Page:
Contrary to what many people might say, you don’t actually need any experience if you want to start a business. You don’t need to have a string of failed (or successful!) business ventures under your belt in order to build up your very first business. All you need is a dedicated attitude, a solid core idea, and the willingness to execute on that idea so that it becomes a reality. It’s never impossible if you’ve got the willpower, so here’s how you can start a business with no experience!
Table of Contents
Consider your skillset
The first step to starting your own business with no experience is to think carefully about what your skillset might be. That means considering what you have that others don’t; not just your area of expertise, but also any abilities that might set you apart from others. Are you a particularly quick or rational thinker? Do you have the ability to spot trends or niches that others don’t? Whatever your answer to this question, it’s likely to form the backbone of your business idea.
Pool your resources
After you’ve thought about what your unique skills are, it’s time to take stock of all the resources you have at your disposal. Businesses are often funded through business loans or investments, so you don’t necessarily need a lot of money, but if you do have savings, it would be a good idea to use them if you can. You may also wish to seek out personal loans if you don’t want to or can’t apply for business loans and you don’t want to involve investors in your creative process.
Come up with a solid idea
It’s been said before, but a business idea absolutely does not need to be new or innovative. In fact, if your business revolves around a proven idea, then you might find that investment comes more easily. Of course, you’ll have to convince investors that you have a way to enter a market that isn’t already catered for, but your idea just needs to be a good one, not necessarily a new one. Don’t worry if you haven’t found the next big thing that’s going to blow the market wide open.
Get yourself a business partner
If you don’t have much experience in the world of business, then it stands to reason that you should look for a business partner who might be better-versed in that world than you are. Be aware that if you do sign up with a business partner, they may want some control over the direction in which your business goes, but if that’s a sacrifice you’re willing to make, then you could benefit enormously from partnering up with someone who does have experience.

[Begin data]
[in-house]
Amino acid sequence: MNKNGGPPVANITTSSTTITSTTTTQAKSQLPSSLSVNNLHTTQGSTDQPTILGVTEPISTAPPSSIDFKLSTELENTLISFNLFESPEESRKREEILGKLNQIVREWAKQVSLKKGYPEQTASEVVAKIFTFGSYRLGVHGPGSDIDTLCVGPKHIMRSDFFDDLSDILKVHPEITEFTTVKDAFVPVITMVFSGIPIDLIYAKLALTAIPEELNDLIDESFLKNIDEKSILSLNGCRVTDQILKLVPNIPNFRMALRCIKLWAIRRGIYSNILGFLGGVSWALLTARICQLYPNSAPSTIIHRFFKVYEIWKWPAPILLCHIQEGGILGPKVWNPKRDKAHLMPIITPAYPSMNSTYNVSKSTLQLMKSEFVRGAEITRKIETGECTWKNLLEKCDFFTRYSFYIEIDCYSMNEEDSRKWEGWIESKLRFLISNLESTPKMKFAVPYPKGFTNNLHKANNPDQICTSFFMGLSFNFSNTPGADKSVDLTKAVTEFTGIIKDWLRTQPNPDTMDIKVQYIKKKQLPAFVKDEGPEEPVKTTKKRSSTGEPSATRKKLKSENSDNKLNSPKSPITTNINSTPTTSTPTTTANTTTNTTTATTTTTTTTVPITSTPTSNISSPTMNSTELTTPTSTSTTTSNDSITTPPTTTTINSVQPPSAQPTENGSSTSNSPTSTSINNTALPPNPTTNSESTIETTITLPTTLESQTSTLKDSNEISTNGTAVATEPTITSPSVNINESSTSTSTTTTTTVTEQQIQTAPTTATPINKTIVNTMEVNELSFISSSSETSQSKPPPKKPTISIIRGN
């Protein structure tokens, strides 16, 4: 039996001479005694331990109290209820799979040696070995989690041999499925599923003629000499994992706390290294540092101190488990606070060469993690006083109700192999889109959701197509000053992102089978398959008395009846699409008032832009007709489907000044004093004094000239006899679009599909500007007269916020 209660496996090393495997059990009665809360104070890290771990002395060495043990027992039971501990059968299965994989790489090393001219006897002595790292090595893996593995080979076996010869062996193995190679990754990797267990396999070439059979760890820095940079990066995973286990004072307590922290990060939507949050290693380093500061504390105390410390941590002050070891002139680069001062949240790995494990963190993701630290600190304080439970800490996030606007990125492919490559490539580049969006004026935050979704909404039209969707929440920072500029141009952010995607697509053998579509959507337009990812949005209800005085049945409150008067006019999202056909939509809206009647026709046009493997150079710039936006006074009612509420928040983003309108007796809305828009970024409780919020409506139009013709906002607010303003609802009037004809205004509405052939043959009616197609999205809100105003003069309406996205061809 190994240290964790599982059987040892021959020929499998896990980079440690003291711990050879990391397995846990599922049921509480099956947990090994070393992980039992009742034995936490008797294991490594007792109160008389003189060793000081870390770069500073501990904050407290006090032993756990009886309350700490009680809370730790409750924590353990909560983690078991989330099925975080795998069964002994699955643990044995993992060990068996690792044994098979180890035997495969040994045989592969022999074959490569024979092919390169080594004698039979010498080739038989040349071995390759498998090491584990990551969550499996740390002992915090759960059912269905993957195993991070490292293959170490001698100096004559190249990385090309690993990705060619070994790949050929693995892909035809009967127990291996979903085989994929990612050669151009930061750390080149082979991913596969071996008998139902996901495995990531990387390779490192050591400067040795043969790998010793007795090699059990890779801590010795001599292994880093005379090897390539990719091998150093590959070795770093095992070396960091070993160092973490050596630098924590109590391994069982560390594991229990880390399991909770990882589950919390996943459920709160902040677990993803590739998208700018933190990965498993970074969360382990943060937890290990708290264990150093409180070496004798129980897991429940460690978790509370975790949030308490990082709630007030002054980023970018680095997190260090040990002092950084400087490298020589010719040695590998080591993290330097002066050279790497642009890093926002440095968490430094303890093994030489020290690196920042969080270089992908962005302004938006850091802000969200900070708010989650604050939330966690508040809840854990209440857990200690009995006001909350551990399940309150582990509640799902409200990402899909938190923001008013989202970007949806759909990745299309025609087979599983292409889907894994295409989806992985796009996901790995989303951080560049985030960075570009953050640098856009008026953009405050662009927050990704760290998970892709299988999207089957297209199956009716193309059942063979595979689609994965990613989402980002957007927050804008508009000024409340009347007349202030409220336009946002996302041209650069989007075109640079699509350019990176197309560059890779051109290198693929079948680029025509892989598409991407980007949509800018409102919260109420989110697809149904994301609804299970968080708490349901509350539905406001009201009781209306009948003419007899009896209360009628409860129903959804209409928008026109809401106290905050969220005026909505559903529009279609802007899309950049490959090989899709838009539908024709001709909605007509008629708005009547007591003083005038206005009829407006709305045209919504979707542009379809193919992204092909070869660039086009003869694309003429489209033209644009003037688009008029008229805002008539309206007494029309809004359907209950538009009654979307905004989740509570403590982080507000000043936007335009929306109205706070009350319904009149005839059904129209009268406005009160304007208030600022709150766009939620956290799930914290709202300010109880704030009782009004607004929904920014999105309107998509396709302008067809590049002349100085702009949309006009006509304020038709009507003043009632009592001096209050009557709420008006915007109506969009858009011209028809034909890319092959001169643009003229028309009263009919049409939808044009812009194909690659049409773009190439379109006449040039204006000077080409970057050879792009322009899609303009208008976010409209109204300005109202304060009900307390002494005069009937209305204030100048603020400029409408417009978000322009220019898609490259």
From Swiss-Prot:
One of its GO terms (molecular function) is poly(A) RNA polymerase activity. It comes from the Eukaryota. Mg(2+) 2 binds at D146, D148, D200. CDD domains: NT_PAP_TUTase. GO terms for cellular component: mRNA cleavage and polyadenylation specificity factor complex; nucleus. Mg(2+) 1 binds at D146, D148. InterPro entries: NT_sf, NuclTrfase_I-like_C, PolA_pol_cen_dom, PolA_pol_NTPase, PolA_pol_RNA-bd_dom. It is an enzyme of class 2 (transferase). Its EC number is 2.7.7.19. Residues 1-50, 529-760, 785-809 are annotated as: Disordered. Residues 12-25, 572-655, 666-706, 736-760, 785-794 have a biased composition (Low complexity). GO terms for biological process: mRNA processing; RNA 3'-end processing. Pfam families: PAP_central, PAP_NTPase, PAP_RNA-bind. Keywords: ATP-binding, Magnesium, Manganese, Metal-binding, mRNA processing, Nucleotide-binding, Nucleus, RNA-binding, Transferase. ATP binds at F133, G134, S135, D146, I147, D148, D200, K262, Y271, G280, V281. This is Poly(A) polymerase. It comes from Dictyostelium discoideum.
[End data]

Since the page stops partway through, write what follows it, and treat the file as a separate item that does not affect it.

Network as much as you can
New entrepreneurs need all the help they can get, and that’s where networking comes in. It’s important to talk to as many other entrepreneurs as possible, so try visiting a lot of different entrepreneurial events in order to build up a network for yourself. You can benefit from other entrepreneurs’ experience and advice in this way, and you’ll also know who to turn to when you need certain services that other businesses can provide. It really is a win-win situation!
Don’t set out to “win”
As a new entrepreneur, you might be thinking that the most important thing you can do is to achieve “victory” over other entrepreneurs. This is a somewhat outmoded mindset, though, and while you’ll certainly hear other entrepreneurs espousing it, the way to run a small business in the modern era is more to collaborate than to compete. Don’t think of other businesses as enemies or even rivals; think of them as friends with whom you’re sharing a space. It might sound a little wishy-washy, but it works wonders as a mindset.
Don’t be afraid to ask for help
Especially in the early stages of your business, there is absolutely no shame in needing to ask for help from your friends, family, or network of other business owners. You can admit that you don’t understand or know something; it doesn’t show weakness to do this, but rather strength, because you’re admitting there are ways you can grow and become a better business owner. Always be confident and charismatic, but don’t be afraid to admit you need help.
Don’t give up, even if you fail
A large percentage of small businesses fail within their first year or two of operation, and an even larger number fail within their first five years. It doesn’t mean that you, personally, are a failure if you don’t manage to get your first business venture off the ground. All it means is that this wasn’t the right opportunity for this moment. Pick yourself up, dust yourself off, and think about what lessons you can learn from this rather than simply accepting defeat.
Don’t be scared
Chasing business opportunities is not always easy, especially when you’re a new entrepreneur. The tendency can be to be a little risk-averse and not look for the best business opportunities you can, because you’re afraid you don’t “belong” in those worlds, or you don’t have the experience to translate the opportunity into success. However, any good business owner will tell you that real success lies in branching out and understanding how to expand your business, so when it comes to growth, don’t be afraid.